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Periodic Table--Xenon

Xenon is a heavy rare gas with nine stable isotopes, 124Xe, 126Xe, 128Xe, 129Xe, 130Xe, 131Xe, 132Xe, 134Xe and 136Xe, five of which are radiogenic. 129Xe is produced by beta decay of 129I (half-life = 16 Myr); 131Xe, 132Xe, 134Xe and 136Xe are fission products of both 238U and the extinct nuclide 244Pu. Because Xe is a tracer for two extinct nuclides, Xe isotopic ratios in meteorites are a powerful tool for studying the condensation of the solar system (Reynolds, 1963). The 129I-129Xe decay scheme has been used as a geochronometer based on the time-dependent decrease of the ratio of the radioactive 129I to stable 127I in the solar nebula. The I-Xe method of dating gives the time elapsed between nucleosynthesis and the condensation of a solid object from the solar nebula. Xenon isotopes are also a powerful tool for understanding terrestrial differentiation. Excess 129Xe found in CO2 well gases from New Mexico (Butler et al., 1963) was believed to have been derived by decay of mantle-derived gases soon after the formation of the Earth. Additional evidence for xenon isotopic evolution of mantle reservoirs has been obtained from MORBs (Staudacher and Allegre, 1982) and diamonds (Ozima and Zashu, 1991).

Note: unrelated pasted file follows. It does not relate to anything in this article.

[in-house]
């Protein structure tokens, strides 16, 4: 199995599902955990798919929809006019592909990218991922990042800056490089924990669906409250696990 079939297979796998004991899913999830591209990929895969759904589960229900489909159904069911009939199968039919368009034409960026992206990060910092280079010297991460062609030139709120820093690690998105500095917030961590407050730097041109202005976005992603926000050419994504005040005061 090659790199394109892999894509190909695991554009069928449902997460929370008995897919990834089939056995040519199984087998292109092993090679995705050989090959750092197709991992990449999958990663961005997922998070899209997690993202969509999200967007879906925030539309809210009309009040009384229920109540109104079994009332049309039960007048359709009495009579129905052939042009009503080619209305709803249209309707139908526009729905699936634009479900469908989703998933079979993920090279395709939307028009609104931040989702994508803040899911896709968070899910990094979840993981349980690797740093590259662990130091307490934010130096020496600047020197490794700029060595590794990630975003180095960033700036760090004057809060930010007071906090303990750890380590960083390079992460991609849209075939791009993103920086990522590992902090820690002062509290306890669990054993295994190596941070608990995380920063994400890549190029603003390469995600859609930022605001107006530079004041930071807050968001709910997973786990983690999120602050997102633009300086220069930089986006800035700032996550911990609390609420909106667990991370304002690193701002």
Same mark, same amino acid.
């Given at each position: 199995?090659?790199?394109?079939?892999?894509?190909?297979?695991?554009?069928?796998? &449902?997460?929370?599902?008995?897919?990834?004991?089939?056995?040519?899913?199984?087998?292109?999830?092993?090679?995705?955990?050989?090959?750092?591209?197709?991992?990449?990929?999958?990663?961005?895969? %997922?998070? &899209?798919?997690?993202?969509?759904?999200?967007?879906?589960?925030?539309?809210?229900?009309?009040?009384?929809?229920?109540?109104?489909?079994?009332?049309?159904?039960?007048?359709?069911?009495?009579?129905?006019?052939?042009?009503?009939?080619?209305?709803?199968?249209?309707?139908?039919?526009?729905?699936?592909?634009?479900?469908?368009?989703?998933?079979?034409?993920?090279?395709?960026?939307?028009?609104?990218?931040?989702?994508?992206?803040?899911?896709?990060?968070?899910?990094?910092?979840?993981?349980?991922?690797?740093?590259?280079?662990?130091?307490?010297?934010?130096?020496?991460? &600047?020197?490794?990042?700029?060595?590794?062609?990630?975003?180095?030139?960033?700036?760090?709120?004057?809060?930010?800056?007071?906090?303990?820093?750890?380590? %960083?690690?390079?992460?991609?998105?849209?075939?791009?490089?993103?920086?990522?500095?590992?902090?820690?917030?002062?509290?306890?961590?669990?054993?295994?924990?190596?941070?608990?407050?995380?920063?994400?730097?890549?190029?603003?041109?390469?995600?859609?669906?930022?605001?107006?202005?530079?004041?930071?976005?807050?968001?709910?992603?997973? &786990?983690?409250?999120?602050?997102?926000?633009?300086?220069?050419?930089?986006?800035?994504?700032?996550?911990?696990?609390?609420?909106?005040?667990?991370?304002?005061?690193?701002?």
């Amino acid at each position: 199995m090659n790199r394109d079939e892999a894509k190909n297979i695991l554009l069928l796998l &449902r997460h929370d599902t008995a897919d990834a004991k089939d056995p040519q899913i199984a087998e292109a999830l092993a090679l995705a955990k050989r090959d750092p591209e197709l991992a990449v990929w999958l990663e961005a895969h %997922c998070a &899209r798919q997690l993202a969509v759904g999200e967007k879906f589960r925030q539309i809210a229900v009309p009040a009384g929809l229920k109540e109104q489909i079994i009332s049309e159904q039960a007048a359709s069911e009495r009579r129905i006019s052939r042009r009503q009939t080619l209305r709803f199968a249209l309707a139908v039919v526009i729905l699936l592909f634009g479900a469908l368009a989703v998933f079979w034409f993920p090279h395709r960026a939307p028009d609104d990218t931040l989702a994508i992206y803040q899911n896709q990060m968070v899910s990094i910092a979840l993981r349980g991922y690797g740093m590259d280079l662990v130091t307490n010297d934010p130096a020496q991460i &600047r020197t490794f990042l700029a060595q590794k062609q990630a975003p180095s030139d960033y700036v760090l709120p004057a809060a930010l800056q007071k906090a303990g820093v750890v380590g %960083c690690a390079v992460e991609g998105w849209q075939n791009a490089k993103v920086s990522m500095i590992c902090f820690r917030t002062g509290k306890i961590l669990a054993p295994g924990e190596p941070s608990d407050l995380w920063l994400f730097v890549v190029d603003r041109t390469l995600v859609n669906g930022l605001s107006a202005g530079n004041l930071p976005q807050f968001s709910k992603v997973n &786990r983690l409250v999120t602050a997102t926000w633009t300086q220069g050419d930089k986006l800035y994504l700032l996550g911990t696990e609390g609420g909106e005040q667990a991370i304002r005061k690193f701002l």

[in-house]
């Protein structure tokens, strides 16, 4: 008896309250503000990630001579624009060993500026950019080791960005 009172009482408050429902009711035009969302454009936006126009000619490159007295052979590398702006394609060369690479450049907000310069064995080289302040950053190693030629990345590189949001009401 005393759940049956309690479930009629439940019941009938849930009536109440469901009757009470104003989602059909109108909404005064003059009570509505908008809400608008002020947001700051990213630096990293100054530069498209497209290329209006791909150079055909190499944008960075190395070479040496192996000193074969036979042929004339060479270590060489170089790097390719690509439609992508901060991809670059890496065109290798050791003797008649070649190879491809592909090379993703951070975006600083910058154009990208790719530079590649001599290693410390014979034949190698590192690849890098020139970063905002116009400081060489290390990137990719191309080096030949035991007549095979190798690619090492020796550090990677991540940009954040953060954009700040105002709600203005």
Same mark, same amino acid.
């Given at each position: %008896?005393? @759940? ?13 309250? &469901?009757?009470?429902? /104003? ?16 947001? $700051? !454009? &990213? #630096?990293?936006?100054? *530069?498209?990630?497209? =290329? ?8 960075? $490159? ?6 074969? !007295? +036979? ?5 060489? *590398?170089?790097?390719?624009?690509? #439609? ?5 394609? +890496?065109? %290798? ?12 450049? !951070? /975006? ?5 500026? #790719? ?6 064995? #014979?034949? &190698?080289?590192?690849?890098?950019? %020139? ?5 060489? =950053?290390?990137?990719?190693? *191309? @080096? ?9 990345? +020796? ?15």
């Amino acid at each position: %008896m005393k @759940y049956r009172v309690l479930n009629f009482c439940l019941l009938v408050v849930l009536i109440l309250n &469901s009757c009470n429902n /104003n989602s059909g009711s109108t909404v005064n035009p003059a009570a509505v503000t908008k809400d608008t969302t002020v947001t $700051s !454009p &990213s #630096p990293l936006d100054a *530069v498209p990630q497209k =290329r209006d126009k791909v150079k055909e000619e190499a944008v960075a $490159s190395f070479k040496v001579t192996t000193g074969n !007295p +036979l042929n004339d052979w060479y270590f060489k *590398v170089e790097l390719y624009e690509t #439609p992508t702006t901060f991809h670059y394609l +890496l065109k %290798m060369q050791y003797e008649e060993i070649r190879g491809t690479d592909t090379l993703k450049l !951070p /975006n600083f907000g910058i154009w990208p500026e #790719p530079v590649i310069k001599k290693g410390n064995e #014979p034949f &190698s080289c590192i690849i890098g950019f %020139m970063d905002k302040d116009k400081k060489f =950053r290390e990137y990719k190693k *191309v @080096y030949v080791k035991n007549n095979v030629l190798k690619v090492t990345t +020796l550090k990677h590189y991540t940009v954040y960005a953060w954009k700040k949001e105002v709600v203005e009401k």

Source of text: This review was assembled by Eric Caldwell, primarily from Dicken (1995) and Faure (1986).

Boulos, M.S. and Manuel, O.K. (1971). "The xenon record of extinct radioactivities in the Earth." Science, 174: 1334-1336.
Butler, W.A., Jeffery, P.M., Reynolds, J.H. and Wasserburg, G.J. (1963). "Isotopic variations in terrestrial xenon." J. Geophys. Res., 68: 3283-3291.
Dicken, A.P. (1995). Radiogenic Isotope Geology. Cambridge University Press, New York, 452 p.
Faure, G. (1986). Principles of Isotope Geology, Second Edition. John Wiley and Sons, New York. 589 p.
Ozima, M. and Zashu, S. (1991). "Noble gas state of the ancient mantle as deduced from noble gases in coated diamonds." Earth, Planet. Sci. Lett., 105: 13-27.
Phinney, D., Tennyson, J. and Frick, U. (1978). "Xenon in CO2 well gas revisited." J. Geophys. Res., 83: 2313-2319.
Reynolds, J.H. (1963). "Xenology." J. Geophys. Res., 68: 2939-2956.
Staudacher, T. and Allegre, C.J. (1982). "Terrestrial xenology." Earth, Planet. Sci. Lett., 60: 389-406.
Related Links
Periodic Table
Fundamentals of Stable Isotope Geochemistry
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